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Given the recent PhilSE question What framework or tool solves the Barber Paradox? it emerged from a number of answers including Bumble's and Mauro's that there is a technical distinction between Russell's paradox and the Barber paradox. (The former occurs within the context of set theory, and the latter does not.) The distinction is that the Barber paradox does not need the semantics of set theory in order to dissolve the paradox, and that the formal semantics of first-order logic is sufficient. There are also objections to the phrasing of the question itself that seem to hint that the question is not well-formed in some sense.

I was looking for clarification regarding contradictions and paradoxes. Specifically Bubmle states:

It is not really a paradox. It is just a contradiction. There can be no such barber. It seems paradoxical only because at first glance there does not seem anything odd in the expression, "person who shaves all and only those persons who do not shave themselves". It is only after a little reflection that the contradiction becomes apparent.

Clearly, a paradox is much more than contradiction because it is psychological involving expectation rather than logic which merely speaks to the logical structure. What is a succinct explanation of the difference between a paradox and a contradiction?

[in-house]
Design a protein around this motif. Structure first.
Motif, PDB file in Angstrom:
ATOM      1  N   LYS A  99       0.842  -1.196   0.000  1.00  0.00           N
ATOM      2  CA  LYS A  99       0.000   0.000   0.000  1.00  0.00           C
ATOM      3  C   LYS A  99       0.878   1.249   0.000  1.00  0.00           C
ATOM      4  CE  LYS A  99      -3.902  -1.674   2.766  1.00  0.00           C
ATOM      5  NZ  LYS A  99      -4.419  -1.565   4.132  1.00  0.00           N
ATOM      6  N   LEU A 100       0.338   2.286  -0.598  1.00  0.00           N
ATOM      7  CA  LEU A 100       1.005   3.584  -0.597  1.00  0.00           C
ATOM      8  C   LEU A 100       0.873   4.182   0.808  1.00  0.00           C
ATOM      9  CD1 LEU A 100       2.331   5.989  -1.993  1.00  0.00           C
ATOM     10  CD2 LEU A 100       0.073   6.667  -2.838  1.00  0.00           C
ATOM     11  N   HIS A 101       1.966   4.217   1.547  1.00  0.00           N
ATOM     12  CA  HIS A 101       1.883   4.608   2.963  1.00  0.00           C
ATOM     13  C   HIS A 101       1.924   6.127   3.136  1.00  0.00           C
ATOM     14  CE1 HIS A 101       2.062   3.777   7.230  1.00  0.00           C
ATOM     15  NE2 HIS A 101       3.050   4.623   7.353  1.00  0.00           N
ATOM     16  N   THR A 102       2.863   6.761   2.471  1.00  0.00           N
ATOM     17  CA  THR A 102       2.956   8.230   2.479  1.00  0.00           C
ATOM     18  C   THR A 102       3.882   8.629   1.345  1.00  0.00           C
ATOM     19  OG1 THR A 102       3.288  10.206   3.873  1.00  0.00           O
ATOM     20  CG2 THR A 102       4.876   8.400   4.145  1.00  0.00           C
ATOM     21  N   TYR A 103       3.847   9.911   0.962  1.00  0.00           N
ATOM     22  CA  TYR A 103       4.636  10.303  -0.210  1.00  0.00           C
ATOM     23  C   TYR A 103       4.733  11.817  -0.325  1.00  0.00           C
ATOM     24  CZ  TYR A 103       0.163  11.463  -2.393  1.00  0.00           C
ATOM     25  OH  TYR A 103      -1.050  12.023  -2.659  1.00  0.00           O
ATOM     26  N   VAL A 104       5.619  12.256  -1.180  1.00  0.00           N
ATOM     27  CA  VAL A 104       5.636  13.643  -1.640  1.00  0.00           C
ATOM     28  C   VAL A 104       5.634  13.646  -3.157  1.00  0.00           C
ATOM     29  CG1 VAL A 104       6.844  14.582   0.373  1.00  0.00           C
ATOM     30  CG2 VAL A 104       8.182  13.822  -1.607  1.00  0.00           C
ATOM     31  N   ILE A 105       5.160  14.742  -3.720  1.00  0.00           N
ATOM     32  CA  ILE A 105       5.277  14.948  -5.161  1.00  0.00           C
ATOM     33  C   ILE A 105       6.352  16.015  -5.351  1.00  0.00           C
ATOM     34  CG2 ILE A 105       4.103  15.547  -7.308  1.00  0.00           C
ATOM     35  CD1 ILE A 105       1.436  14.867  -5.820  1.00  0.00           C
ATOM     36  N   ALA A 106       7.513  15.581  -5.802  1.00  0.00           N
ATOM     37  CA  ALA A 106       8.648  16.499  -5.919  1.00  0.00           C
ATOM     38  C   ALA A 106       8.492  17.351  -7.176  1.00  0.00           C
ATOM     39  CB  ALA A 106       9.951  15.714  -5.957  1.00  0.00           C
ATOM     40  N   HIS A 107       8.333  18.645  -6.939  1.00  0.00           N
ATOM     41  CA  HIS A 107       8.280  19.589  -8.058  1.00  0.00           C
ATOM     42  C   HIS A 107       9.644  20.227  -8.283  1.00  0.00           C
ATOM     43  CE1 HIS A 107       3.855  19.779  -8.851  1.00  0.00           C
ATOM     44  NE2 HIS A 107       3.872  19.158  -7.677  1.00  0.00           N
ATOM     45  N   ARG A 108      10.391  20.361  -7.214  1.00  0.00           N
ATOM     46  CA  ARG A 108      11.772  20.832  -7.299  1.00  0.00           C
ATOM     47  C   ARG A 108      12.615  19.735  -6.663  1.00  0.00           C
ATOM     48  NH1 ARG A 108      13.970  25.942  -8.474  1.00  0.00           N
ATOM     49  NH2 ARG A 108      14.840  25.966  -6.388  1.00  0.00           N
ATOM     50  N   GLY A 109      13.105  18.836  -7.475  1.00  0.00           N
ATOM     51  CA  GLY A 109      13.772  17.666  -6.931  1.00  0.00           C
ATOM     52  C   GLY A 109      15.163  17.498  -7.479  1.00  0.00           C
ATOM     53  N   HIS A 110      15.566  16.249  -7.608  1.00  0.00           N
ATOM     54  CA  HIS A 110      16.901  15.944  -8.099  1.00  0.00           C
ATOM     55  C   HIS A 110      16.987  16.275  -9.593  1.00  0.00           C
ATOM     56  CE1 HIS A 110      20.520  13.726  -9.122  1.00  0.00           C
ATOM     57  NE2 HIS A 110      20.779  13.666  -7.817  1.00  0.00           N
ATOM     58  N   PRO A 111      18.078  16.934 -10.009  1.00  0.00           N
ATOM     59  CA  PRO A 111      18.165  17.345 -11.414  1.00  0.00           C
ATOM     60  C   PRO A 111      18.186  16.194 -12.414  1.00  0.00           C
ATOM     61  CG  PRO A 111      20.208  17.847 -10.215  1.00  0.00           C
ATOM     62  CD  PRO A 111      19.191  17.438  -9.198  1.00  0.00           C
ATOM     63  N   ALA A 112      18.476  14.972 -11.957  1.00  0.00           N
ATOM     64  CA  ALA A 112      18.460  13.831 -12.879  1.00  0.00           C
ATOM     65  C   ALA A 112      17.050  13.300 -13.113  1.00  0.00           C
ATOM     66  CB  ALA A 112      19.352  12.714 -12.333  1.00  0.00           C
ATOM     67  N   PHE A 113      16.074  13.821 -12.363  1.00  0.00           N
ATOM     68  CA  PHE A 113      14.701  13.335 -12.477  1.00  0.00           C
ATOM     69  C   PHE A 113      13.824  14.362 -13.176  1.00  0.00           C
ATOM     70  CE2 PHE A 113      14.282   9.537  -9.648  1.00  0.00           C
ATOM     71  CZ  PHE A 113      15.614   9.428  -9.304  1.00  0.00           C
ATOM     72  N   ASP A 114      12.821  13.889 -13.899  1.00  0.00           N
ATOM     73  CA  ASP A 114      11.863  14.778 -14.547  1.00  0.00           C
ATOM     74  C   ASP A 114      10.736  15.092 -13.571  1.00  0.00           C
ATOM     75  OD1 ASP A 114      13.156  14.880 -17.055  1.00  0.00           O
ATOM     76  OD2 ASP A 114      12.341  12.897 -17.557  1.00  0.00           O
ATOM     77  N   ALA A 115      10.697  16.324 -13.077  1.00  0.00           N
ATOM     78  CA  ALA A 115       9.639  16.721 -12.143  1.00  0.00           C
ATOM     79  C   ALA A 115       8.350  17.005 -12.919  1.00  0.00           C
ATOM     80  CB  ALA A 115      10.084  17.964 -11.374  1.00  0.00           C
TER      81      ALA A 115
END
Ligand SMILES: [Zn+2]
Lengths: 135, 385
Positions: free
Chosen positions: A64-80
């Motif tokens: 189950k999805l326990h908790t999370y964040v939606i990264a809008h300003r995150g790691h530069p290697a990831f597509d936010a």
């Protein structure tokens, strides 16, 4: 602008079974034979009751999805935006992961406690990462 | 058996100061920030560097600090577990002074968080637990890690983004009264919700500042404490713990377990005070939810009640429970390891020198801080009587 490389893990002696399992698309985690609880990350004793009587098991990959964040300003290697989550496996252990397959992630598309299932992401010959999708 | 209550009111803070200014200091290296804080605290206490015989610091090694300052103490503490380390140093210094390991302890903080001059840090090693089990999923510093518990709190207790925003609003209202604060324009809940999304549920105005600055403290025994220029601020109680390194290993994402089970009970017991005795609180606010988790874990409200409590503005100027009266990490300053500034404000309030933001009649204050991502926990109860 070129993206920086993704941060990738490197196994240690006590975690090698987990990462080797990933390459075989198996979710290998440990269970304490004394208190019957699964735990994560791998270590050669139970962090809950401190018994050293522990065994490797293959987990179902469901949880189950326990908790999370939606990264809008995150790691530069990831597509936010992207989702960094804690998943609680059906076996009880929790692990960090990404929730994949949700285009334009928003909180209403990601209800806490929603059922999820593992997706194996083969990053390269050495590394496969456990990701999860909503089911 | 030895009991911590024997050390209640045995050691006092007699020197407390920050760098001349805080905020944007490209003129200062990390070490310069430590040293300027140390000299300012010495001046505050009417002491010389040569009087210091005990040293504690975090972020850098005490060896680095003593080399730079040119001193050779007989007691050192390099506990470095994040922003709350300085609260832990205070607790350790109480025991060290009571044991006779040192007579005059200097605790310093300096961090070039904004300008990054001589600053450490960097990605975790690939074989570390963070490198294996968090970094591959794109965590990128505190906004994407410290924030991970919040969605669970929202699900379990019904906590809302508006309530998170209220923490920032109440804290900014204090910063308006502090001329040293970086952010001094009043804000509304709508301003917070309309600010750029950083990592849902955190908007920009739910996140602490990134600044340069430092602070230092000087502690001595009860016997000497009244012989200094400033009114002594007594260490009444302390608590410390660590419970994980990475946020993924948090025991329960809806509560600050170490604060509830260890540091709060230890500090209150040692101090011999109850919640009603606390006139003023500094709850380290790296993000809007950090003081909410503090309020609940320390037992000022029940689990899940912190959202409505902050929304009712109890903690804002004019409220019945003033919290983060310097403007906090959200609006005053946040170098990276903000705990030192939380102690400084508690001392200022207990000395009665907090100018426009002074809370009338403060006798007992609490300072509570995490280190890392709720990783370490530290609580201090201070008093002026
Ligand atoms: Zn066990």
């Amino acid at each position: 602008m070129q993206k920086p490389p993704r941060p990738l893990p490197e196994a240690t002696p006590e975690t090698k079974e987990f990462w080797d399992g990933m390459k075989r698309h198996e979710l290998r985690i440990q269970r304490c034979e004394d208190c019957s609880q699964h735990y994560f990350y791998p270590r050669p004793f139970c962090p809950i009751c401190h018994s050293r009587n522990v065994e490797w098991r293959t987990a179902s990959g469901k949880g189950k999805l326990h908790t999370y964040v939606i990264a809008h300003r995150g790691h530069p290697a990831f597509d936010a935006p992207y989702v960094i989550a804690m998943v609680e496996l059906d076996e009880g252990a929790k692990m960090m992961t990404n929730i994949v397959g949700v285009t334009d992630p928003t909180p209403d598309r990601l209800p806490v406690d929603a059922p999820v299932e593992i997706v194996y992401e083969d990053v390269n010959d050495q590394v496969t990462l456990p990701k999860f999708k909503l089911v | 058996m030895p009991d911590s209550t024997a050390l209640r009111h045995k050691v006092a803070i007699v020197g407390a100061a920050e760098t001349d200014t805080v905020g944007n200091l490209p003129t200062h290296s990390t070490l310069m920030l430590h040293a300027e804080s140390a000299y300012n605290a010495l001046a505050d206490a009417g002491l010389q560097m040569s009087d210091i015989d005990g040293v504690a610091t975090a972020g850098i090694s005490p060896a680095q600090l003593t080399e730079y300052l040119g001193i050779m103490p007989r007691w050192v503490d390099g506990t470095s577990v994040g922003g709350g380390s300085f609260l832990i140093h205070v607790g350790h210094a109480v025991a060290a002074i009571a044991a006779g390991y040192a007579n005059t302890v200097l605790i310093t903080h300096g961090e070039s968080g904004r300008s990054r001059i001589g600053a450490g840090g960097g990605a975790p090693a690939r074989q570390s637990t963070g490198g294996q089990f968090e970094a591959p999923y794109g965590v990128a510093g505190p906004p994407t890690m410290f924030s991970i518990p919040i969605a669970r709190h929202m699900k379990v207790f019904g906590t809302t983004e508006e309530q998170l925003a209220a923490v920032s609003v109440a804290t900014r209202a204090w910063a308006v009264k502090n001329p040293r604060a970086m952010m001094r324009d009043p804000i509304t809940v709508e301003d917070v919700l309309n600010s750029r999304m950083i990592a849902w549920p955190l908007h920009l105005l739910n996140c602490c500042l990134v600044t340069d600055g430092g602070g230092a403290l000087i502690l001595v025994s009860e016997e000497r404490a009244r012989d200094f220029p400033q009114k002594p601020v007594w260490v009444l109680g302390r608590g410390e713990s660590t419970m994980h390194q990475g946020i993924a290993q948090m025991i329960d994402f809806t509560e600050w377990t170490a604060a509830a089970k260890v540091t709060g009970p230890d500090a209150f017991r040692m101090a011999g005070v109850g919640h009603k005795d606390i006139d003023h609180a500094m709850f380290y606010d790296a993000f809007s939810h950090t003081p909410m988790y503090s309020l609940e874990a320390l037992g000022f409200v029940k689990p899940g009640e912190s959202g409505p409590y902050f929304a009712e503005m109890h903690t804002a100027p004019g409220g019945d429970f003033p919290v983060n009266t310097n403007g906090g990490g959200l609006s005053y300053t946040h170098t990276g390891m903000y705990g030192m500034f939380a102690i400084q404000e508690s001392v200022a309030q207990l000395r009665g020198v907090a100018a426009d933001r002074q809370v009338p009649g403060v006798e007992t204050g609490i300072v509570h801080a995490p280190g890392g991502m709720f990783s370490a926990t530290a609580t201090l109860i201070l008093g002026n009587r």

Mauro's comment:

A paradox is counter-intuitive, not necessarily self-contradictory.

seems to me simply to move the problem and hide it behind the notions of intuition. As a clarificatory question: What is the difference between something which APPEARS to be contradictory, and something which is actually a contradiction?

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  • A paradox is counter-intuitive, not necessarily self-contradictory. Dec 22, 2023 at 18:03
  • If it was just a contradiction wouldn't it be just a false statement like A ≠ A? I think it's more like a question that can logically have two contradictory answers, which is why it requires a revision of the logic in which it's based.
    – Juan
    Dec 22, 2023 at 21:54

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A contradiction, traditionally, is a pair of propositions such that the truth of one implies the falsehood of the other and vice versa. In modern usage, it has come to refer to a single proposition that is a logical falsehood, or false under all interpretations.

The term paradox may be used to refer to several things.

  1. Two propositions that cannot both be true, but where we appear to have a plausible argument in favour of each. One of the arguments must be wrong, and the paradox can be resolved by determining which. Or maybe both arguments are wrong.

  2. A proposition that appears to be true, or at least possibly true, but where it turns out to be impossible and this is surprising and counterintuitive. Or equally, a proposition that appears to be false, but where it turns out that it can be proved to be true and this is counterintuitive.

  3. A situation in which it appears to be impossible to determine that a proposition is true or false, but this is because of a lack of clarity in the wording, or a lack of understanding of the precise concepts involved.

  4. Sometimes it is used for an antinomy. A contradiction that points up a fundamental incoherence in our understanding of some concept.

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